“In a group you can develop an incredible strength that would never be possible as an individual”

Rector Frank Baaijens

Frank Baaijens. Photo: Vincent van den Hoogen

“Not, of course, that you can expect everyone to be equally good at everything. But what you can do is make sure you have a team in which research, education and impact are covered. I believe in team spirit: in a group you can develop an incredible strength that would never be possible as an individual.”


Baaijens realizes that the challenge lies first and foremost in how you assess excellence in research, education, impact and leadership. “Within research we have a long history of assessing on output, but now we need to place more emphasis on quality rather than being concerned solely with the number of publications. Likewise within education you want people to build a portfolio, so that at an international level they can show what they have conceived in terms of innovations and what impact this has had. So that, like research, this becomes an area in which they can earn a reputation.” By way of example, Baaijens mentions Rick de Lange, who was appointed to a professorship in part for his educational innovations.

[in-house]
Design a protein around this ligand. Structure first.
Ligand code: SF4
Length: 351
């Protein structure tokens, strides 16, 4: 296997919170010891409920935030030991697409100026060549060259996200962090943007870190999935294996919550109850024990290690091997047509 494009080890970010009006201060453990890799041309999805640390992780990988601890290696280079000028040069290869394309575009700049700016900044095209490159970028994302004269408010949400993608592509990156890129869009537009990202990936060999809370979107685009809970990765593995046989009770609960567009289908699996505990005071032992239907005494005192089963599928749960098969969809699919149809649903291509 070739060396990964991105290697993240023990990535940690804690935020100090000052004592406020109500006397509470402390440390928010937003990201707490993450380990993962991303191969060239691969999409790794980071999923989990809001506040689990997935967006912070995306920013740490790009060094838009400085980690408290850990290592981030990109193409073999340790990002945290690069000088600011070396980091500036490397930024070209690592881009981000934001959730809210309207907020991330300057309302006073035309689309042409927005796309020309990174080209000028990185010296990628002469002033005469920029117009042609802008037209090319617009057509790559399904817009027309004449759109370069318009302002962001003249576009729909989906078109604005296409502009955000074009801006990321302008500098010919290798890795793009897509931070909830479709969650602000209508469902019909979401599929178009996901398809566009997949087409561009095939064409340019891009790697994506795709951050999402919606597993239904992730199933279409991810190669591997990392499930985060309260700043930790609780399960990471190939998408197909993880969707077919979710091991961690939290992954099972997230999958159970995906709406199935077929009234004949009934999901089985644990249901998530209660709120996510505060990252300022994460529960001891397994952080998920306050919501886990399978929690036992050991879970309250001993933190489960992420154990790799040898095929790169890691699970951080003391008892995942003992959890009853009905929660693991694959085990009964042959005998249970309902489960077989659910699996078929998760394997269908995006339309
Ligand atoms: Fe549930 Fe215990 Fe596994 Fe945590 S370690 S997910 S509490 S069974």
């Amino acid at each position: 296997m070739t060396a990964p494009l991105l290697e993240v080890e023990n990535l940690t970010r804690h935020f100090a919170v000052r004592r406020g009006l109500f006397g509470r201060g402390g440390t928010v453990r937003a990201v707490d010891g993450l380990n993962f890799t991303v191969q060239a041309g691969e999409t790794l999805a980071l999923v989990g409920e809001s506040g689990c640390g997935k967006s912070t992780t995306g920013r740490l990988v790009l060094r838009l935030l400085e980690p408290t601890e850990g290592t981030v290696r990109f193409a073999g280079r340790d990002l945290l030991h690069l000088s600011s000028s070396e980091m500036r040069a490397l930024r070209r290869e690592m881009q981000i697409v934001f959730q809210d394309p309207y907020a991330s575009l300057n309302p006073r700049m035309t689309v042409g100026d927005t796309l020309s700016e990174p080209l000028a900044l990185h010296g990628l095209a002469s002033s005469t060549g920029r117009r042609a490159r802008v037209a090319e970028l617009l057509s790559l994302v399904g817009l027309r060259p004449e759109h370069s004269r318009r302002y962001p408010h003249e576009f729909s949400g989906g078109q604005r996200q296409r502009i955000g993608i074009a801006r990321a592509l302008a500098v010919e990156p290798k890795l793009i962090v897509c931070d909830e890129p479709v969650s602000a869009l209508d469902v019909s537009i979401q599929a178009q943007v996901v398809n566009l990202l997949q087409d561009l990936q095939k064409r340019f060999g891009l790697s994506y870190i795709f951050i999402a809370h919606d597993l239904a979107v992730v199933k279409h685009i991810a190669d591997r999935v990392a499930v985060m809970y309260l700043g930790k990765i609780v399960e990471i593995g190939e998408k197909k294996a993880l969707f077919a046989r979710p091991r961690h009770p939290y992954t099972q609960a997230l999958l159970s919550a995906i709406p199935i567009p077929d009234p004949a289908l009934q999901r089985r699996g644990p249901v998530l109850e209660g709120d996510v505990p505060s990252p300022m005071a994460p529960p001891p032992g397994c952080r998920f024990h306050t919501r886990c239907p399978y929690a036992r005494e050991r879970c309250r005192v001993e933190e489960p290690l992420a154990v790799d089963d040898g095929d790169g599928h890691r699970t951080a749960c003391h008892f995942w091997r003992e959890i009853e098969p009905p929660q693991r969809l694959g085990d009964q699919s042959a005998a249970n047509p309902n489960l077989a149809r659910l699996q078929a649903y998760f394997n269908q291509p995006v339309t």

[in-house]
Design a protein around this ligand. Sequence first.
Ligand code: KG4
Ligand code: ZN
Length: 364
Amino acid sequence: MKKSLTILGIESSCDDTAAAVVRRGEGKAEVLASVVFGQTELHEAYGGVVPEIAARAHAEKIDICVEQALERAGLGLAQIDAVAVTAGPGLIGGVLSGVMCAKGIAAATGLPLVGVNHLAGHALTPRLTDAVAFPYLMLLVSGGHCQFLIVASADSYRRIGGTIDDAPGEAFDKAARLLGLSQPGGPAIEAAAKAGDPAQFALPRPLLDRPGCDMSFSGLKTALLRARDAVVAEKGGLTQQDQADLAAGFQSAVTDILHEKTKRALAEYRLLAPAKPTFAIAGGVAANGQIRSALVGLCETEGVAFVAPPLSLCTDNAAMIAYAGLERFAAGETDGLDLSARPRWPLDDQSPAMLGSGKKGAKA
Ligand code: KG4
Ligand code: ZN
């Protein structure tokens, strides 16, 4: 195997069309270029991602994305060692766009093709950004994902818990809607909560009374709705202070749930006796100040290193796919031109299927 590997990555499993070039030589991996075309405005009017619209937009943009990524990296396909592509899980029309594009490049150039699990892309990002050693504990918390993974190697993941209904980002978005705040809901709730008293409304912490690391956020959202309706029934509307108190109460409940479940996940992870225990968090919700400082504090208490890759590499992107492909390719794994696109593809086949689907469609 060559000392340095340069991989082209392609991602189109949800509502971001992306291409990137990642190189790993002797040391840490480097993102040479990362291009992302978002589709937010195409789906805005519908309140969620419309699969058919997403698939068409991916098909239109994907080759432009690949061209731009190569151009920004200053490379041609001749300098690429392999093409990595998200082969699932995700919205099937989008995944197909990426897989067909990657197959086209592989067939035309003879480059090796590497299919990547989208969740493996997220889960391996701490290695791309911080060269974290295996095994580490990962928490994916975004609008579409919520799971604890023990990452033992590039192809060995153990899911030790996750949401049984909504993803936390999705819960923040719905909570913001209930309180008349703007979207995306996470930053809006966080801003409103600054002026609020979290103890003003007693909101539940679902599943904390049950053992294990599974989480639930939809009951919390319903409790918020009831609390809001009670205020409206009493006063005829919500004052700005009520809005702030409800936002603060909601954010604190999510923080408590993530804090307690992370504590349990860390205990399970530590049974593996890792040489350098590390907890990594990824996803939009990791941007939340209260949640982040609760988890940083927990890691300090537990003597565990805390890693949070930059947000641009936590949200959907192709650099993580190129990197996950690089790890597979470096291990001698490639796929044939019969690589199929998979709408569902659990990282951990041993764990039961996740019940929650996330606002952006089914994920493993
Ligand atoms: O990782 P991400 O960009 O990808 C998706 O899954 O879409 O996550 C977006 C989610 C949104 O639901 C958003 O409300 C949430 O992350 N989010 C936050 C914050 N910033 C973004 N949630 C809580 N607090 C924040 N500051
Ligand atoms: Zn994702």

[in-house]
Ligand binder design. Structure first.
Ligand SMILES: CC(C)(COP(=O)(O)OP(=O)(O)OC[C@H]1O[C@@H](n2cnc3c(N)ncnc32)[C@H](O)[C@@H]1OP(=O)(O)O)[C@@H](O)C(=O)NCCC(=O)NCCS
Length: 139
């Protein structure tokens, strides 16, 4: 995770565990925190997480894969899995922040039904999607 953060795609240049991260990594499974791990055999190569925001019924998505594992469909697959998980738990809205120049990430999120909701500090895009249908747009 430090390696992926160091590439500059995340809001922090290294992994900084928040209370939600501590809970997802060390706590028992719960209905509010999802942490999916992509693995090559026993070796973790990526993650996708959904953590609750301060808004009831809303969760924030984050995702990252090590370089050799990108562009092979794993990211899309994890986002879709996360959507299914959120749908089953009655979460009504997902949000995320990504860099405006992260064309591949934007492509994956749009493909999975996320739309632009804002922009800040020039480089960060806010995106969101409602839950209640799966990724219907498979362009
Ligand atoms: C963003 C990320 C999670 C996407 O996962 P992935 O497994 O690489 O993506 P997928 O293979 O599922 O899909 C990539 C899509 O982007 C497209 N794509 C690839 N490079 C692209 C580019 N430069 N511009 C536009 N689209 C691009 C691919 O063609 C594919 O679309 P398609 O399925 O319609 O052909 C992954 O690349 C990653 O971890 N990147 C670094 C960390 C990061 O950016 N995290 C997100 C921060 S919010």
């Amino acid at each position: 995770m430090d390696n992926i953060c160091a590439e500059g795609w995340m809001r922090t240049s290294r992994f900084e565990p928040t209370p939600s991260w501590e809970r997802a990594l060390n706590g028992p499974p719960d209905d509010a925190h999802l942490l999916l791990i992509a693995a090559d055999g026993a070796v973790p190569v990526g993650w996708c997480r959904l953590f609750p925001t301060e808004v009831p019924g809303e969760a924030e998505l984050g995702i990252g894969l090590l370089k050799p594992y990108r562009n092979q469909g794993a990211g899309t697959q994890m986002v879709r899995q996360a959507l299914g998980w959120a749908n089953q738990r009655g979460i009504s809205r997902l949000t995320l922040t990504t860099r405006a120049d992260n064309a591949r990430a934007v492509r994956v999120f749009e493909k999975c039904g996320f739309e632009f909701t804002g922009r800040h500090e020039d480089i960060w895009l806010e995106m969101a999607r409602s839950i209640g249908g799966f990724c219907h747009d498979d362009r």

By what yardstick do you measure people who excel in education? “As things now stand, we have two profiles,” Baaijens explains. “Academics whose main thrust is research and who also teach. They excel at research but like everyone else stand before the class on a Monday morning and do a great job. We also have those people for whom education is a field in which they are developing as professionals, alongside their research. They are fully engaged in educational innovation and shine at it. For these academics too, career steps must be in place.”

Here, too, in order to be assessed, it is a question of finding the right way to show what you have done. This could take a mixed form involving a narrative: what is your vision, what have you achieved. Supplemented with demonstrable results, such as a teaching evaluation, an education prize, a publication about education, an appraisal by colleagues, international standing. “It’s what we do in research,” says Baaijens. “Why not do the same in education? Challenge-based learning would be just the topic for a fabulous piece of education-related research.”